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Re: [TCML] SSTC opinions solicited
did you phase the xsistors prior to running power in the circuit? If you
get them out of phase it's like switching a load into a short and the igbts
or mosfets rapidly fail. With mosfets it's also a good idea to insert a
current limiting device 10-15 amps into the circuit to limit the current
while carefully measuring it thus preventing shorts, etc, from damaging
something. This is later removed when proper circuit operation is verified
also, verify your coeff of coupling in JAVATC. Keep it below 0.2. I never
run higher than 0.18 on my DRSSTC designs. Some experimenters do, but
usually with eventual failure.
On Sun, Nov 1, 2009 at 3:14 PM, Ken or Doris Herrick <kchdlh@xxxxxxxxx>wrote:
> Now it begins again for me: the "make it work" phase of a new design.
> /Always/ a bummer. This time, it was initiated just today with the
> almost-immediate failure of a $54 transistor.
> As some may recall, I'm attempting to resuscitate my previous SSTC. In the
> reincarnation I'm using 6, STE40NK90ZD 40A/900V MOSFETs in a ring
> configuration. But--just in case, I have bought only 2 of those, and am
> gradually bringing up the supply voltage with 4, IRFP460As temporarily in
> the circuit instead of the $54 STEs.
> So...I gradually bring up the supply voltage to around 200 across each
> transistor, without the secondary in place, and pulse the primary when
> suddenly--what would you think happens? A big, loud /Crack!/, that's what,
> with the supply voltages pulled right down to 0--of course. And which
> transistor would you think failed, exhibiting 500 ohms or so gate:source?
> Well--of course: one of the STEs.
> In this design, 3 transistors in series drive the primary + and the other
> 3, -, with the same (isolated) supply voltage applied to each transistor
> (ultimately to be ~300 V). And they're all driven from identical floating
> drivers, all of which check out fine, both prior to and after the failure,
> each providing 0 to +28V drive pulses. The failed STE exhibits not a hint
> of exterior damage: all pristine, and its source:drain is not shorted, per
> the ohmmeter. So where did that loud Crack! come from, do you suppose?
> I do find a likely reason for some kind of failure: I messed up on the
> crossover-delay, allowing each set of 3 to turn /on/ ~1 us before the others
> turn off rather than the other way around. Not good since all 6 are
> daisy-chained in a circle with their respective power sources, but easily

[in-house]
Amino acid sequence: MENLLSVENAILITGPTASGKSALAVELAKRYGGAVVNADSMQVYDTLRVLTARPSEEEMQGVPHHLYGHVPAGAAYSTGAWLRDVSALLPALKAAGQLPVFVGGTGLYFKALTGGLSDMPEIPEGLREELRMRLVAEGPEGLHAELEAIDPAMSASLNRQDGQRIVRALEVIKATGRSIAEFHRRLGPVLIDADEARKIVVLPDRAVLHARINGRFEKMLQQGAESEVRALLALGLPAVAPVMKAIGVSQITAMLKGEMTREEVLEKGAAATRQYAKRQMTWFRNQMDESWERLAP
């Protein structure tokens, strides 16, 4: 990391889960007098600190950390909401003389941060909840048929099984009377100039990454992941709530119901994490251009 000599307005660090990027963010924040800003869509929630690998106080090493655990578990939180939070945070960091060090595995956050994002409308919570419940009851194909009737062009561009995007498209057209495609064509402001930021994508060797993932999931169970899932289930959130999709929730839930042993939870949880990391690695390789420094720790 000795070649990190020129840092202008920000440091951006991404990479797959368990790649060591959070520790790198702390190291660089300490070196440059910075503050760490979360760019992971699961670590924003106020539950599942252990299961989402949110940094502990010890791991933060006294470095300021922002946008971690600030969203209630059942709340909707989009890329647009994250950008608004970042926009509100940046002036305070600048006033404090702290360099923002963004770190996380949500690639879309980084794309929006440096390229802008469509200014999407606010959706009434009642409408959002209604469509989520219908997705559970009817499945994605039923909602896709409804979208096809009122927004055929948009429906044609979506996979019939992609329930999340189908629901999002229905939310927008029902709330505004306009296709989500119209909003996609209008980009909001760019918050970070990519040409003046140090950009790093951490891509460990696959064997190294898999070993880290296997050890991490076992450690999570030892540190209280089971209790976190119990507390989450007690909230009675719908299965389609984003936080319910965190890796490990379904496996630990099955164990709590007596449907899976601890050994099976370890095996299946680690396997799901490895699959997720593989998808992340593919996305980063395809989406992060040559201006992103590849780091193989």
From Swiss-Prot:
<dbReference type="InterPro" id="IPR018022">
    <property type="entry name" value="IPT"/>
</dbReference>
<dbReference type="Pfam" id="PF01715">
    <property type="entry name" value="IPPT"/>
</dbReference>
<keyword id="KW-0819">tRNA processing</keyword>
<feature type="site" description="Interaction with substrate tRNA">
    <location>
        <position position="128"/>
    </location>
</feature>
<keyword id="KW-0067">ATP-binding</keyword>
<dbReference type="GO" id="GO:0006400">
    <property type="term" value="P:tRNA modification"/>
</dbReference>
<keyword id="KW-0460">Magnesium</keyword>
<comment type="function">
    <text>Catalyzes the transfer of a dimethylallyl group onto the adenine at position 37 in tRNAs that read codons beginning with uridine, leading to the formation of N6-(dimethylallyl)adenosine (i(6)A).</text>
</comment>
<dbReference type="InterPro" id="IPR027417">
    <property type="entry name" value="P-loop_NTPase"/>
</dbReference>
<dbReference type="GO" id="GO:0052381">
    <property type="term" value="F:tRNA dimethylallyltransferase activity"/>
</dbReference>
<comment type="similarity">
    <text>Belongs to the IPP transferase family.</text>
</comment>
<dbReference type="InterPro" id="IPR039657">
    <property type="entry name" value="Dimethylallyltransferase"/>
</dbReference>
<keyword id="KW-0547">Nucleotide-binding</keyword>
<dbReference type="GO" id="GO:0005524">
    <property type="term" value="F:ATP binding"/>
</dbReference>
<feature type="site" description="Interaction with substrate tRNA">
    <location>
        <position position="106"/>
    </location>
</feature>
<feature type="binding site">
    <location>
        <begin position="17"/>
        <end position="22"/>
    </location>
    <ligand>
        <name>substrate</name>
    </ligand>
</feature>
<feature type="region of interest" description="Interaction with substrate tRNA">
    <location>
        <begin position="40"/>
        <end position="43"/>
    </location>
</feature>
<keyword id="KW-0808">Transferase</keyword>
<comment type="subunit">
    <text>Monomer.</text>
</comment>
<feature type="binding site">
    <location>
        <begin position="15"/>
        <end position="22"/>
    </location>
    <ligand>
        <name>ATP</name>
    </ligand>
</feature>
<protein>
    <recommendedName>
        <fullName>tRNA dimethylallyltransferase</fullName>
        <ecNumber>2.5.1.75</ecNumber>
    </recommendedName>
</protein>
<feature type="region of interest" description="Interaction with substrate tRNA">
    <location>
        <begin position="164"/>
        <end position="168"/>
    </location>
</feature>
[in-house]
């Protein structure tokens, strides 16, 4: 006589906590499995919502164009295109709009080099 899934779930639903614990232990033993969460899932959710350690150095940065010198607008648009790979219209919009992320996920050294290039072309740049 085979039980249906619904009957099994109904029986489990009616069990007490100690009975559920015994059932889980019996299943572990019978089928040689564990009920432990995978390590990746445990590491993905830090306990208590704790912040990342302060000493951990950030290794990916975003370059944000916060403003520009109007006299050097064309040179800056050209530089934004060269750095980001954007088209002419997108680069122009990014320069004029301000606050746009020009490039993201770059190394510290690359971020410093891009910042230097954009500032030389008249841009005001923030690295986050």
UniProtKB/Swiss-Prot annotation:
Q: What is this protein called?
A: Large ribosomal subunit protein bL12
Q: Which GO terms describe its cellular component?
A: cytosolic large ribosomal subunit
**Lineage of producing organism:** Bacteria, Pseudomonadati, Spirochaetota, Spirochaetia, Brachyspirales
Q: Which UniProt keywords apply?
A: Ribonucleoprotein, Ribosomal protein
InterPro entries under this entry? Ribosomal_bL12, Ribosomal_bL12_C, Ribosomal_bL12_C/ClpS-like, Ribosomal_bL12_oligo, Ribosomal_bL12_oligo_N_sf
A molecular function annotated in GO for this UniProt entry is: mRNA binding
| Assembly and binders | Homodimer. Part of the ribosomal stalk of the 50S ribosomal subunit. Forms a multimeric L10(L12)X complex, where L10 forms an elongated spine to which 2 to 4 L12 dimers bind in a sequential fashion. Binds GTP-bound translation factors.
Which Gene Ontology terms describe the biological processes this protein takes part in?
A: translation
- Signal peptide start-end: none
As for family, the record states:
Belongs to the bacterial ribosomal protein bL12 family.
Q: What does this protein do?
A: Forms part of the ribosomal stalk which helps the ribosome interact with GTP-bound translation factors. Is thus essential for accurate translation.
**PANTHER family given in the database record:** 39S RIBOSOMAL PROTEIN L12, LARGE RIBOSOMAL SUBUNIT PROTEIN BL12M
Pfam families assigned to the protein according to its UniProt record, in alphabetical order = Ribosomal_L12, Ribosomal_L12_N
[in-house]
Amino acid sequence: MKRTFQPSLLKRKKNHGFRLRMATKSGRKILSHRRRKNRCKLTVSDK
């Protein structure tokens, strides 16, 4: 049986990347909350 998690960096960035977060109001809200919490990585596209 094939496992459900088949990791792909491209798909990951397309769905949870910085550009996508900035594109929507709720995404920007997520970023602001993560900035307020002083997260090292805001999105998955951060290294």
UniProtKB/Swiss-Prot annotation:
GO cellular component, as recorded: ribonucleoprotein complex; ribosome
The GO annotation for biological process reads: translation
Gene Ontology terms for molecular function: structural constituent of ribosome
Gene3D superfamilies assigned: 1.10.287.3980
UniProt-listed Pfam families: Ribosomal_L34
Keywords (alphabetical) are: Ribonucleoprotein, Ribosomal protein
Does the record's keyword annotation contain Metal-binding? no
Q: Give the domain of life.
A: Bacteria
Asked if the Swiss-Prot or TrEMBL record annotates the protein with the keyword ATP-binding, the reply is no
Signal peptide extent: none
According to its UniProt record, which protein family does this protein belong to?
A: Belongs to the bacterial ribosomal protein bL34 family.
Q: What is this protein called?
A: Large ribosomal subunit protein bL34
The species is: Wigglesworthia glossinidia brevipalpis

> rectified in this case merely by swapping 4 plug-in inverting/non-inverting
> driver-ICs. But why did gate:source fail and not (apparently) source:drain?
> And why the $54 one rather than a lower-rated $5 one?
> Each transistor is protected by a) a diode limiting Vs-d to twice the
> supply voltage and b) a M.O. varistor directly across, source:drain.
> One other possible but not likely contributor: Each floating d.c. power
> source consists of 2 uF paralleled by 1000 uF. At that particular
> transistor and that one only, for convenience I connect the 2 uF to the
> source terminal adjacent to the gate terminal and the 1000 uF to the source
> terminal in-line with the drain terminal. The ST data sheet makes no
> distinction between the two source terminals, and they are the same physical
> size, so I have to assume (so far) that there is none. But is there a
> (And one other, prior, failure will entertain: In my l.v. circuits I have
> a 74HC14 Schmitt-trigger gate used as a simple oscillator, chugging along
> all the time at 70 KHz or so. When I turned up the h.v. a bit and pulsed
> the ring-circuit (and at that time, I had the crossover-delay correct), that
> oscillator would quit. Hang up at ~2.5V in & out. Its /Schmitt quit/, so
> to speak. Wouldn't recover until I turned off the +5, then on again.
> Really weird. Tossing that IC out and substituting another one cured the
> problem. 1st problem like that, for me, literally since ICs were invented.
> I suspect it had to do with excess cross-coupling amongst the other 5 in
> the package. Perhaps when I fired up the primary, producing its nearby EM
> field, that field caused it; maybe some connection was loose inside the IC,
> producing a floating gate. )
> So, can anyone help shed light on this before I spend myself into the
> poorhouse on more STs?
> Ken Herrick
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